A tree's growth rate changes in a predictable pattern throughout the year in response to seasonal climate changes, resulting in visible growth rings.
Although it is less accurate, the Libby half-life was retained to avoid inconsistencies or errors when comparing carbon-14 test results that were produced before and after the Cambridge half-life was derived.
This was difficult at the time due to a lack of sufficiently long master dating chronology and access to suitable structures.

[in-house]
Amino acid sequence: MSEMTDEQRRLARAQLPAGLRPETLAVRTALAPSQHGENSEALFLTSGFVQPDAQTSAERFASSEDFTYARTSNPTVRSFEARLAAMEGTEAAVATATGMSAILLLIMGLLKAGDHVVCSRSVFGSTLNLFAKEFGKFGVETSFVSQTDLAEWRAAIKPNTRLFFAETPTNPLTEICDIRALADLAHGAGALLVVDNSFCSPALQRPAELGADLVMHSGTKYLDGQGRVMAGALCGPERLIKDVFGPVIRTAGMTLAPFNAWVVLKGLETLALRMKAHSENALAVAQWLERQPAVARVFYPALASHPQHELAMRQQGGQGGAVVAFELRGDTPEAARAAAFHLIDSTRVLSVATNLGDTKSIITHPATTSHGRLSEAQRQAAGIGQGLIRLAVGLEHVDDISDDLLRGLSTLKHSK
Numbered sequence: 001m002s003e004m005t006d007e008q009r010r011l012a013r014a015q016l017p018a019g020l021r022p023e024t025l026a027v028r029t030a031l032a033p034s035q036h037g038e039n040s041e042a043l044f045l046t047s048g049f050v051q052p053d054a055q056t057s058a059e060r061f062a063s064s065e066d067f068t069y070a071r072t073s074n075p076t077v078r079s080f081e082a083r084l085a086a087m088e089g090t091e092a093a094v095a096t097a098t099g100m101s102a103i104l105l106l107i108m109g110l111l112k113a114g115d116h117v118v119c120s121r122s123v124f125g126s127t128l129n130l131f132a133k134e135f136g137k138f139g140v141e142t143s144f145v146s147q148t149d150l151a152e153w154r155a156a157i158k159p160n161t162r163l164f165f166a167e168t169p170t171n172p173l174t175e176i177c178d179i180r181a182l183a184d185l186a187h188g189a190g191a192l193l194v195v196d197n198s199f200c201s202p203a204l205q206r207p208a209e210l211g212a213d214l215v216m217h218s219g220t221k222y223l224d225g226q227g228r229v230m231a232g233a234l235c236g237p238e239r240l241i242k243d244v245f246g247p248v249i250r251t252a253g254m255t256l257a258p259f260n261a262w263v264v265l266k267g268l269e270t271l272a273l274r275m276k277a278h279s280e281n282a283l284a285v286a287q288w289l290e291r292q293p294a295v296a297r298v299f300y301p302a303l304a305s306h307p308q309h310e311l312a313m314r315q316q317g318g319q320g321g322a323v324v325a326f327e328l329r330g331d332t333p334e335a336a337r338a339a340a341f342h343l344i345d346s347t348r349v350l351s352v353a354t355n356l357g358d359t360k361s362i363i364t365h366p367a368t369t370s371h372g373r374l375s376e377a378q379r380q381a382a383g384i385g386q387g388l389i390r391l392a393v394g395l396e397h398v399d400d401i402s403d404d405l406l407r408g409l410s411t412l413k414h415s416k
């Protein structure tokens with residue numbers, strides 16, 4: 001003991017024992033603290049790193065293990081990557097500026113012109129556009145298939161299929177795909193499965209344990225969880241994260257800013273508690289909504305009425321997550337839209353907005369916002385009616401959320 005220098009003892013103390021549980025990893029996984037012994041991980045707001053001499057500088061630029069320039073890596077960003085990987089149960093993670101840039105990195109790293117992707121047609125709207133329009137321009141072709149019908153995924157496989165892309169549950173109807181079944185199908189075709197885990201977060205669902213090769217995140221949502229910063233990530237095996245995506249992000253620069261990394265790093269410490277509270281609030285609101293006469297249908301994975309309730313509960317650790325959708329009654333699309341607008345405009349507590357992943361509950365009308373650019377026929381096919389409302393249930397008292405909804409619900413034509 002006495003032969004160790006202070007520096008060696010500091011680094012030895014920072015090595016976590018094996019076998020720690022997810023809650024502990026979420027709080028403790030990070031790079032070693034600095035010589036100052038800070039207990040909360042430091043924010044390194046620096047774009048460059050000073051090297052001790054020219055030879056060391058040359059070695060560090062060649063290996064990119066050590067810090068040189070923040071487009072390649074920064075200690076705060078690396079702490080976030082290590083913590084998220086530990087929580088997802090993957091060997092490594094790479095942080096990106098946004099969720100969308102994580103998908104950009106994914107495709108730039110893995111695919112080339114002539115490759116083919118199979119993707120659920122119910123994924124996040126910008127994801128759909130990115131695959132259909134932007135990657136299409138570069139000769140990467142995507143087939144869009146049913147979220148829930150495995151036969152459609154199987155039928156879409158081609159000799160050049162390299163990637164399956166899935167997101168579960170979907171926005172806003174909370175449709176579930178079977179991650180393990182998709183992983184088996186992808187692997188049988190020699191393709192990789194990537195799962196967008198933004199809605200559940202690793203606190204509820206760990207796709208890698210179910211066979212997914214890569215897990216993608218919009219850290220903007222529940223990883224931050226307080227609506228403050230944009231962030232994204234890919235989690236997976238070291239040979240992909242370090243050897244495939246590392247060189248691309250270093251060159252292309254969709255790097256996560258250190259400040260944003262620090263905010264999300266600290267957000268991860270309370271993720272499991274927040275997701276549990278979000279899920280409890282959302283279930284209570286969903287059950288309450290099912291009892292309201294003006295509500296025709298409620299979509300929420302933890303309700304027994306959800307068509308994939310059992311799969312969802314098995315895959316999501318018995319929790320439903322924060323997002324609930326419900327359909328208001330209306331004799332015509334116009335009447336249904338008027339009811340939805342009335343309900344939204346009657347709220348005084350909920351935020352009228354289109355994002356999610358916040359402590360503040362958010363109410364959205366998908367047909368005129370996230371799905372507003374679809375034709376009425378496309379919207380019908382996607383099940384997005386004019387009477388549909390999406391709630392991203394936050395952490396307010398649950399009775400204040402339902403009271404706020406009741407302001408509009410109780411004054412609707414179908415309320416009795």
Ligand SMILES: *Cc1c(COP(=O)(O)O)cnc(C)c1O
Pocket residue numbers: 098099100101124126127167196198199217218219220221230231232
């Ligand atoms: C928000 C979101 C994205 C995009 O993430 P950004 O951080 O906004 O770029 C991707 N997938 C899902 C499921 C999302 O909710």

Not until 1998 was a Boston area master dating chronology developed.
The university holds some information about tree rings (which is important in climate studies and in archaeology).
Following discusses my attempt to obtain that information, using the Act.